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The R Book by Michael J. Crawley

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Nearest Neighbours

Suppose that we have been set the problem of drawing lines to join the nearest neighbour pairs of any given set of points (x, y) that are mapped in two dimensions. There are three steps to the computing: we need to

  • compute the distance to every neighbour;
  • identify the smallest neighbour distance for each individual;
  • use these minimal distances to identify all the nearest neighbours.

We start by generating a random spatial distribution of 100 individuals by simulating their x and y coordinates from a uniform probability distribution:

x<-runif(100)
y<-runif(100)

The graphics parameter pty="s" makes the plotting area square, as we would want for a map like this:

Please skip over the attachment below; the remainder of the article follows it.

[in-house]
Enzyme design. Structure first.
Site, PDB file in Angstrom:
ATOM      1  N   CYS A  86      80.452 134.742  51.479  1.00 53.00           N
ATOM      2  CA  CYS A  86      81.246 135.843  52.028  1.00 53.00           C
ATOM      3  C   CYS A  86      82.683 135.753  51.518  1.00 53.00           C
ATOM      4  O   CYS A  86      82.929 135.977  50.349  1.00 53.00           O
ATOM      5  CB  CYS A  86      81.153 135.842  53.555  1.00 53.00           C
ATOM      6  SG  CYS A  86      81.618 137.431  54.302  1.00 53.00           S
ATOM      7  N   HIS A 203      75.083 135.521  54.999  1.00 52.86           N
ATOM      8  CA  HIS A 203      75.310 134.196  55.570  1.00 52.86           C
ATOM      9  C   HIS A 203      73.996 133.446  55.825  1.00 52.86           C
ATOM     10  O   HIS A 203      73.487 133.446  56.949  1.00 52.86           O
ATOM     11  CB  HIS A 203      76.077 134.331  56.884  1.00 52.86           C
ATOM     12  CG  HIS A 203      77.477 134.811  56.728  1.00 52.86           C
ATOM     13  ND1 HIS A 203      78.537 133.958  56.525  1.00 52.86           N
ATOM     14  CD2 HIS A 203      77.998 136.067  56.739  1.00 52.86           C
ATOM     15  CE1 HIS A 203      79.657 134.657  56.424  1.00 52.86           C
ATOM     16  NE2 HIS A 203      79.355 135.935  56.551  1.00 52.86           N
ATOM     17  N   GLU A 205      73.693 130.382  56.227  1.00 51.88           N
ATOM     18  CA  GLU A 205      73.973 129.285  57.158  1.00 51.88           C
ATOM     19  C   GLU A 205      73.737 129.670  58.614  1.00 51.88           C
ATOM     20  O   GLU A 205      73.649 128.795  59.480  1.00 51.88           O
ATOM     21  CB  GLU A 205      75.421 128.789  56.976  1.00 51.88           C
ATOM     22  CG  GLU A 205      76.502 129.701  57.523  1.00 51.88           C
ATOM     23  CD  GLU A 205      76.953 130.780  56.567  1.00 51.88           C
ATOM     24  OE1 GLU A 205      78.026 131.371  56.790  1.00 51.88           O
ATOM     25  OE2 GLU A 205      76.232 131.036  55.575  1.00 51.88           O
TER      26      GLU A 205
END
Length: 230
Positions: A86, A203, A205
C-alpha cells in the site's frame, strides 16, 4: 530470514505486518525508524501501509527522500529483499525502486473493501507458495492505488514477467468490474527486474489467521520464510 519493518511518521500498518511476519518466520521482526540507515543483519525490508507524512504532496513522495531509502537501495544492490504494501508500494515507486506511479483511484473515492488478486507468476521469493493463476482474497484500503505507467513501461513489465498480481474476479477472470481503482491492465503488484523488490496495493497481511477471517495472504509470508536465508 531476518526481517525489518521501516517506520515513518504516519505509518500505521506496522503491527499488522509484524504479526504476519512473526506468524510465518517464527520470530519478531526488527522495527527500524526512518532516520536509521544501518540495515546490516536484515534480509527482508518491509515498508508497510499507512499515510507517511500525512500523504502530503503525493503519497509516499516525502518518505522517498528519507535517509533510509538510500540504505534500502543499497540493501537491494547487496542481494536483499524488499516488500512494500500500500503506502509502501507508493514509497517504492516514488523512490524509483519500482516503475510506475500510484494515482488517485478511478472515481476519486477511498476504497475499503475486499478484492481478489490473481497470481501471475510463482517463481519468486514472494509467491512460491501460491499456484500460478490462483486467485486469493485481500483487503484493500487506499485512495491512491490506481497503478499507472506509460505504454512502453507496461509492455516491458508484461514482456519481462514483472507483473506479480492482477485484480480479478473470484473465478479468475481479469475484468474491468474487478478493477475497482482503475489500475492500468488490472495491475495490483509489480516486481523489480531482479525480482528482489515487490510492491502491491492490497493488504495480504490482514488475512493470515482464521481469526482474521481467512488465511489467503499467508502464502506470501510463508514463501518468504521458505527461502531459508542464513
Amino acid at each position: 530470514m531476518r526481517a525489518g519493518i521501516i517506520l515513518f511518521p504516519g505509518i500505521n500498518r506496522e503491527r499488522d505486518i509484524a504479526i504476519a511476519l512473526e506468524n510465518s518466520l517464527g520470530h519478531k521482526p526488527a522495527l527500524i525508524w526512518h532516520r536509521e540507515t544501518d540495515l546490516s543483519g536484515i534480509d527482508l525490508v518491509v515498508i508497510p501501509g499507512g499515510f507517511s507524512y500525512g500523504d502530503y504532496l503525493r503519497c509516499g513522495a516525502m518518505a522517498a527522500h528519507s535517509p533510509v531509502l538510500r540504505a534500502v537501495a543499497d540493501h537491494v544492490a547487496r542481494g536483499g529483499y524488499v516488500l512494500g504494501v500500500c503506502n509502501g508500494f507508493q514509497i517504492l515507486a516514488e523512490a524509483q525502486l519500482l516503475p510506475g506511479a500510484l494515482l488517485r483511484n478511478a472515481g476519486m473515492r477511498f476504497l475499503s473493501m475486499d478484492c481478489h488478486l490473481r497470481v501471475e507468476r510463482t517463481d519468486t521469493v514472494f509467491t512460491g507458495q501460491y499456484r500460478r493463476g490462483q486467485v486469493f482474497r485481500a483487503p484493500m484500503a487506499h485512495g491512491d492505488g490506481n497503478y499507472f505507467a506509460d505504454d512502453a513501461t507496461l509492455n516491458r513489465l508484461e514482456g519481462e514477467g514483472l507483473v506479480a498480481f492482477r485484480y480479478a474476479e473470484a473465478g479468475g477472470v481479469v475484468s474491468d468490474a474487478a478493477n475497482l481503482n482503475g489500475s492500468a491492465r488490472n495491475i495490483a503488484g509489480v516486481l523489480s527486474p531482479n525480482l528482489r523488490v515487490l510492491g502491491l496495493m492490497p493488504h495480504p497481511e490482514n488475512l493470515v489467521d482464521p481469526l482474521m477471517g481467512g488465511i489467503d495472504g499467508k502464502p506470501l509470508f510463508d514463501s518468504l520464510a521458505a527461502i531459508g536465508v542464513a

par(pty="s")
plot(x,y,pch=16)

images

Computing the distances is straightforward: for each individual we use Pythagoras to calculate the distance to every other plant. The distance between two points with coordinates (x1, y1) and (x2, y2) is d:

images

The square on the hypotenuse (d2) is the sum of the squares on the two adjacent sides: (x2x1)2 + (y2y1)2 so the distance d is given by

images

We write a function for this as follows:

distance<-function(x1, y1, x2, y2) sqrt((x2 – x1)^2 + (y2 – y1)^2)

Now we loop through ...

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